Alex Japho Matlala
2 minute read
14 Oct 2021
6:13 am

Water plant handover mocked as vote-puller

Alex Japho Matlala

The plant, with a budget of R100 million, was handed over to 156 communities in three local municipalities.

Picture for illustration: iStock

In what was perceived by many people as an election gimmick, Water and Sanitation Minster Senzo Mchunu handed over a multimillion-rand water treatment plant to the drought stricken Sekhukhune region, three weeks before the local government elections and exactly one year over schedule.

The plant, with a budget of R100 million, was handed over to 156 communities in three local municipalities, Makhuduthamaga, Ephraim Mogale and Elias Motsoaledi in Groblersdal, Marble Hall and Jane Furse.

The plant was handed over on Saturday by Mchunu. Delivering a keynote address during the official handing over, he cautioned communities to be alert to vandalism on government infrastructure.

“Vandalism of water infrastructure has become a thorn in our flesh,” said the minister. “It is not only government’s responsibility to ensure that our infrastructure is safe, but we also need active citizenry.”

Mchunu also urged officials in all spheres of government to plan water infrastructure projects adequately to ensure they benefitted communities adjacent to them.

He maintained that it was a cardinal sin to have projects that benefitted far-flung communities and not communities at the doorstep of the projects.

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“While we put in our bulk water infrastructure projects as constitutionally mandated, we need to start with reticulation that will ensure that as soon as the built water project is complete, water comes out of the taps.”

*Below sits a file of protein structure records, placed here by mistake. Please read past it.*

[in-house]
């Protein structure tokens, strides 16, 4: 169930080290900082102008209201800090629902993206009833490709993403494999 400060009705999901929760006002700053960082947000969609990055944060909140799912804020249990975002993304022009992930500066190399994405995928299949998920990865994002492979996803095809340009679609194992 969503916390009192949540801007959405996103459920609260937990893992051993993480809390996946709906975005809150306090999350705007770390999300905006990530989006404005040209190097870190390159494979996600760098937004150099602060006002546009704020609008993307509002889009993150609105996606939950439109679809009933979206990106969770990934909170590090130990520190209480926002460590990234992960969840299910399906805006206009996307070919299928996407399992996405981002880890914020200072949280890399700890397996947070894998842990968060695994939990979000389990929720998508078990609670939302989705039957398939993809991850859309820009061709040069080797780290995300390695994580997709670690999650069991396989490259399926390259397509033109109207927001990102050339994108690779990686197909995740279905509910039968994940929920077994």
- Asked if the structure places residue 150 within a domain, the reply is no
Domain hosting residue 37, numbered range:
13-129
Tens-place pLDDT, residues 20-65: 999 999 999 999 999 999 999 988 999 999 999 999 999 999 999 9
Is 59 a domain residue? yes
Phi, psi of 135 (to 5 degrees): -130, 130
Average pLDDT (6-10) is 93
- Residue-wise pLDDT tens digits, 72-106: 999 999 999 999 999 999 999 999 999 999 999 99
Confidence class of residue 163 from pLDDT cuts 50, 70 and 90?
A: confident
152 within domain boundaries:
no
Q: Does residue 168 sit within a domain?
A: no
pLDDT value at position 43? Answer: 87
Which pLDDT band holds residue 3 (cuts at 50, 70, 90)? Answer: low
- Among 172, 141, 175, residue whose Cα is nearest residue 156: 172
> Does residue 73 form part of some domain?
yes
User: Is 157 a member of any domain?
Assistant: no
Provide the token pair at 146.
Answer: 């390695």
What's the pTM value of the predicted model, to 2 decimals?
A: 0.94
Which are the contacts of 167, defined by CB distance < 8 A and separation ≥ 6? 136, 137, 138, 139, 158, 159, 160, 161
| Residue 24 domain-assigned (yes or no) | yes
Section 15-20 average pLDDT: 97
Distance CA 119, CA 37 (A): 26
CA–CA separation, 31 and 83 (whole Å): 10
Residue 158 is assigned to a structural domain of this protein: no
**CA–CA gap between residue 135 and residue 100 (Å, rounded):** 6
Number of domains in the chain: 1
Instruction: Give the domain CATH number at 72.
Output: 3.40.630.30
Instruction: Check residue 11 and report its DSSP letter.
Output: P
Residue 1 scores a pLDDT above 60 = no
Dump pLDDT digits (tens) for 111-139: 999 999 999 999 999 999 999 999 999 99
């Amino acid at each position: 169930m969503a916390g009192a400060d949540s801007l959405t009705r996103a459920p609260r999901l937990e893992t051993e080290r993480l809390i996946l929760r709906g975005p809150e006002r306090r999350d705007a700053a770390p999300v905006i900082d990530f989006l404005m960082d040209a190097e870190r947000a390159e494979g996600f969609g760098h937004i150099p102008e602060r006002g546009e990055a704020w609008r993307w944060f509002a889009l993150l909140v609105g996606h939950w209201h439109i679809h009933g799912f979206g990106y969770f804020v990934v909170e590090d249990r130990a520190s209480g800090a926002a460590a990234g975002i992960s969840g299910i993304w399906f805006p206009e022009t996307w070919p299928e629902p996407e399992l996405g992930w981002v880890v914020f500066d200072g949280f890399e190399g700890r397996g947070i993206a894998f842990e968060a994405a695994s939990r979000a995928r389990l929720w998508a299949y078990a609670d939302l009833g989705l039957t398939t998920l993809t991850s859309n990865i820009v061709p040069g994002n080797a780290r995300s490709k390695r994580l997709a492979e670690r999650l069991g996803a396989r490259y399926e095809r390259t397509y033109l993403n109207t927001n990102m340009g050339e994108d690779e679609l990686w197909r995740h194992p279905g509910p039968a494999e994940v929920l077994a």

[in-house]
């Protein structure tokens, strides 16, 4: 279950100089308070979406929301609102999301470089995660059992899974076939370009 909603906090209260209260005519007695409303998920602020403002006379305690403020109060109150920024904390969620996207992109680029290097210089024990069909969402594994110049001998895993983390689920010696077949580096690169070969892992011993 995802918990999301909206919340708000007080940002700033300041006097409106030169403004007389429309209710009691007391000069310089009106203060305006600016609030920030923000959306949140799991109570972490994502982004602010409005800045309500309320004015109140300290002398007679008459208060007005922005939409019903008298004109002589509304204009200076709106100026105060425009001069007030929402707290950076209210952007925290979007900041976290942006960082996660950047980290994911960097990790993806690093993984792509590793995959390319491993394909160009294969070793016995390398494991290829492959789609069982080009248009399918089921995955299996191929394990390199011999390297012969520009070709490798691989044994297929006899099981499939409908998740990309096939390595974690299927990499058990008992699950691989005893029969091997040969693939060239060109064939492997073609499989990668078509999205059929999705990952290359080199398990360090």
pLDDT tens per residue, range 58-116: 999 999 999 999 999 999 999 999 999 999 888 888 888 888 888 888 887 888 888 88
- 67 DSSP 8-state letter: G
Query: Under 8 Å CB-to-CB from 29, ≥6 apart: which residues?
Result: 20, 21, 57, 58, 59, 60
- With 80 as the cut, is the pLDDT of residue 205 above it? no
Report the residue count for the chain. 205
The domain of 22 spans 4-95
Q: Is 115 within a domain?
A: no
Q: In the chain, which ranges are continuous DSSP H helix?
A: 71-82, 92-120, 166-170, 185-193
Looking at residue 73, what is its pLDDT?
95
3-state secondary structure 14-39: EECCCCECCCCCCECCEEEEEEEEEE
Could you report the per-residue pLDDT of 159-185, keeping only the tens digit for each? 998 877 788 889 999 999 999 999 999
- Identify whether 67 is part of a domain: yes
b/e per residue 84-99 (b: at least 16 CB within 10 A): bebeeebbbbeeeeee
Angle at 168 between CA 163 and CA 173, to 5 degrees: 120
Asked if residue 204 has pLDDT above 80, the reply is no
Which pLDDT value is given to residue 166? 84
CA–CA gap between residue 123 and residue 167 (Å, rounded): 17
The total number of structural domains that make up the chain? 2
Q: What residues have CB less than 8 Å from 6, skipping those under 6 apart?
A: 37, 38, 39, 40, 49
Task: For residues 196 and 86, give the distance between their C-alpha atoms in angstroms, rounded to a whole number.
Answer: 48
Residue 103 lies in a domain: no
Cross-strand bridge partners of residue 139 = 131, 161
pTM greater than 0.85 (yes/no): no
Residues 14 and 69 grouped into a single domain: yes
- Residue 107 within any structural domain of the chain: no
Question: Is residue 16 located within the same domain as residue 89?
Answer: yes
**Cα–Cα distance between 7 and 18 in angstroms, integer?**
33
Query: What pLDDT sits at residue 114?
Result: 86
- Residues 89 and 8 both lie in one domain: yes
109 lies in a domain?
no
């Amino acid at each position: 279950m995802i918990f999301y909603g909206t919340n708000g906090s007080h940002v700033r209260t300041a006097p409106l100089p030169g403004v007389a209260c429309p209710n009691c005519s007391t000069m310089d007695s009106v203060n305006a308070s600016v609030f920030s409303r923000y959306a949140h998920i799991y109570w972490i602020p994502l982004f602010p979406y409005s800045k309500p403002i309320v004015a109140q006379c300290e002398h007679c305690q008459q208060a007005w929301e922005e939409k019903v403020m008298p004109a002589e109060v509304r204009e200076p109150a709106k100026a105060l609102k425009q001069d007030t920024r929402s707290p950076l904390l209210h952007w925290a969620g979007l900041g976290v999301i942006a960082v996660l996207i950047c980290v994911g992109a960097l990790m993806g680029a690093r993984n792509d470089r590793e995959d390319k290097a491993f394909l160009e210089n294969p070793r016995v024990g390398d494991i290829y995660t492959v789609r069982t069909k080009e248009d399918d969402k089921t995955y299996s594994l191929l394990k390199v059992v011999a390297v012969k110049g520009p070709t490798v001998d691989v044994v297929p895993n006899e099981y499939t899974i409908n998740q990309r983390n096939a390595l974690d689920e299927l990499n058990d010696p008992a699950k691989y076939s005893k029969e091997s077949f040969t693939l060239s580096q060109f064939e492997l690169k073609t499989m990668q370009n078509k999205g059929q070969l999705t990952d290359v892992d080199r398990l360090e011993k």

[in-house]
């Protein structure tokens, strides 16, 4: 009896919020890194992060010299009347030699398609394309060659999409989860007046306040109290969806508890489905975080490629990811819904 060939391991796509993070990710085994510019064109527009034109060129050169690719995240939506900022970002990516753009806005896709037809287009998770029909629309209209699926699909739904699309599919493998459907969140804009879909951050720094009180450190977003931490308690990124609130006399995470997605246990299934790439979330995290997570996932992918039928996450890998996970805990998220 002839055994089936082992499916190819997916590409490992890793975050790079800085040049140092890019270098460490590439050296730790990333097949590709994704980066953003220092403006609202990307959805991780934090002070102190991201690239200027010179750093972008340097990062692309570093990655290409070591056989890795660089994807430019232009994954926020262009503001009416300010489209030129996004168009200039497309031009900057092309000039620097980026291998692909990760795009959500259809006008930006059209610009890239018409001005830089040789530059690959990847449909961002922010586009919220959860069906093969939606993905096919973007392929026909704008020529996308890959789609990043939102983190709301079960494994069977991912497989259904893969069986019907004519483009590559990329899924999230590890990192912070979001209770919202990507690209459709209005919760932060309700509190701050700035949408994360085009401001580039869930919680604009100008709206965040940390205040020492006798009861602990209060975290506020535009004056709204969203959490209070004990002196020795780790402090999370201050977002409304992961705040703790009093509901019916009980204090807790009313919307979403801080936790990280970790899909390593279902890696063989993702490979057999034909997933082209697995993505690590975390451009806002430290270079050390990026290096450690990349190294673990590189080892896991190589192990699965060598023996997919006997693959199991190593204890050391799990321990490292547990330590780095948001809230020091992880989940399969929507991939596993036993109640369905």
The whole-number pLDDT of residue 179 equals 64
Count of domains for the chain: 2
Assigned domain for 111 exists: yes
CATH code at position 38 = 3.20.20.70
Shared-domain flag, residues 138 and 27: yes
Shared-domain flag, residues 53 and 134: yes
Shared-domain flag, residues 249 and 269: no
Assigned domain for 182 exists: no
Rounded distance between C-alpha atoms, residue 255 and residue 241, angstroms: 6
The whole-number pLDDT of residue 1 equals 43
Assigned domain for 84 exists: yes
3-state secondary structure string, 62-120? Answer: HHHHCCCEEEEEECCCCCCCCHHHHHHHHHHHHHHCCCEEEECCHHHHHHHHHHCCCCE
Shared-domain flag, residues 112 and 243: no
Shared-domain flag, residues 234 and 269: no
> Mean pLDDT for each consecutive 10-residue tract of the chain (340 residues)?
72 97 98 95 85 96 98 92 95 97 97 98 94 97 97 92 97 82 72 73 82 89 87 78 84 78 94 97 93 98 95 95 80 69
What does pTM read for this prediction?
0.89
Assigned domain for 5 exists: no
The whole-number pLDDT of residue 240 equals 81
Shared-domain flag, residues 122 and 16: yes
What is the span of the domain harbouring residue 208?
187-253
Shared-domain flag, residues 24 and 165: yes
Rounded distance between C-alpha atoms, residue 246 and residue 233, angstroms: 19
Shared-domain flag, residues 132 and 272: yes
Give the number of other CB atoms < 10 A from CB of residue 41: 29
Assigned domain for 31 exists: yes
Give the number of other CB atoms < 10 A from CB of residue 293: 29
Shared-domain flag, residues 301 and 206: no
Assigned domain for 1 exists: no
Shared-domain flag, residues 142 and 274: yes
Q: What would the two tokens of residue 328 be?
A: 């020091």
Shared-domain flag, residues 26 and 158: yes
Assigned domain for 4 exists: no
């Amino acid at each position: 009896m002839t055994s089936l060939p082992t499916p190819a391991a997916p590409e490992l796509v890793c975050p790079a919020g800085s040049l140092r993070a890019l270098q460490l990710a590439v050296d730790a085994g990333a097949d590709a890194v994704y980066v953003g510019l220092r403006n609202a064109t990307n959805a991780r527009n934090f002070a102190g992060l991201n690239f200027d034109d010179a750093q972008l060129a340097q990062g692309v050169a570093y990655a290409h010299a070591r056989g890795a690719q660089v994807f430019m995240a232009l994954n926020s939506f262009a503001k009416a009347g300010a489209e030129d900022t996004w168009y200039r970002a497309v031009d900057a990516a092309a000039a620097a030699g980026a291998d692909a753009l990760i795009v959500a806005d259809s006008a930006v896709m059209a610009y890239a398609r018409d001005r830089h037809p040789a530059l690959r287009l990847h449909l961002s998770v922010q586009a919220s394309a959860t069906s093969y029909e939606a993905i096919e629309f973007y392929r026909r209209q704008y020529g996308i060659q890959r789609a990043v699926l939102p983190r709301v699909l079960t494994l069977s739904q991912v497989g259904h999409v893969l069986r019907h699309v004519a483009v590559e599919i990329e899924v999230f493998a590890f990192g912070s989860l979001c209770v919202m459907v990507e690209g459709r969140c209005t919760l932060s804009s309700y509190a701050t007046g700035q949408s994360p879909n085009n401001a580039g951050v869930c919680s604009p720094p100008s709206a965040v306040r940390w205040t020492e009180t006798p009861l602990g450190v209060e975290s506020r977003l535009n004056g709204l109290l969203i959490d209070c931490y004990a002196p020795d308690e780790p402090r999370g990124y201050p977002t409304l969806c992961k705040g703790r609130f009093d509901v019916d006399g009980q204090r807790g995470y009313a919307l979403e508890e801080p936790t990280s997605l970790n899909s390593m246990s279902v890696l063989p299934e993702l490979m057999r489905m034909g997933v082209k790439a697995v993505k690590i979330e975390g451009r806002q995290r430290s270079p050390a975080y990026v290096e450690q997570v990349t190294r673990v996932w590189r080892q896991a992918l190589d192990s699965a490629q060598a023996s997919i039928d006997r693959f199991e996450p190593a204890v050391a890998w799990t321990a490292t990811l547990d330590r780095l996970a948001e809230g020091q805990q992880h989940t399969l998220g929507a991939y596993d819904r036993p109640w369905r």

Mchunu said the refurbished plant has an increased capacity to produce 16 megalitres of water per day as opposed to the previous eight megalitres per day. In addition, Mchunu said there were plans to upgrade the plant to 32 megalitres per day. He added that the project had created employment for 57 workers.

Although many people expressed joy at the unveiling of the plant, his political foes begged to differ. The Bolsheviks Party of South Africa was the first to criticise the minister.

“Exactly this time around last year, the department promised to hand over the project. We are baffled that it was now handed over, three weeks before the elections instead of one year before.

“Their timing is raising more questions than answers,” said the party’s acting secretary, Seun Mogotji.

“The previous minister, Lindiwe Sisulu made a cash injection of R143 million for the drought relief water project in Moutse but two years later, the project is still stalled.

Former minister Nomvula Mokonyane commissioned a R502 million Giyani bulk water project in 2014 but seven years later, the budget has increased to R3.3 billion while residents compete for dirty water with wild animals.

“I have lost respect for the ANC,” said Mogotji.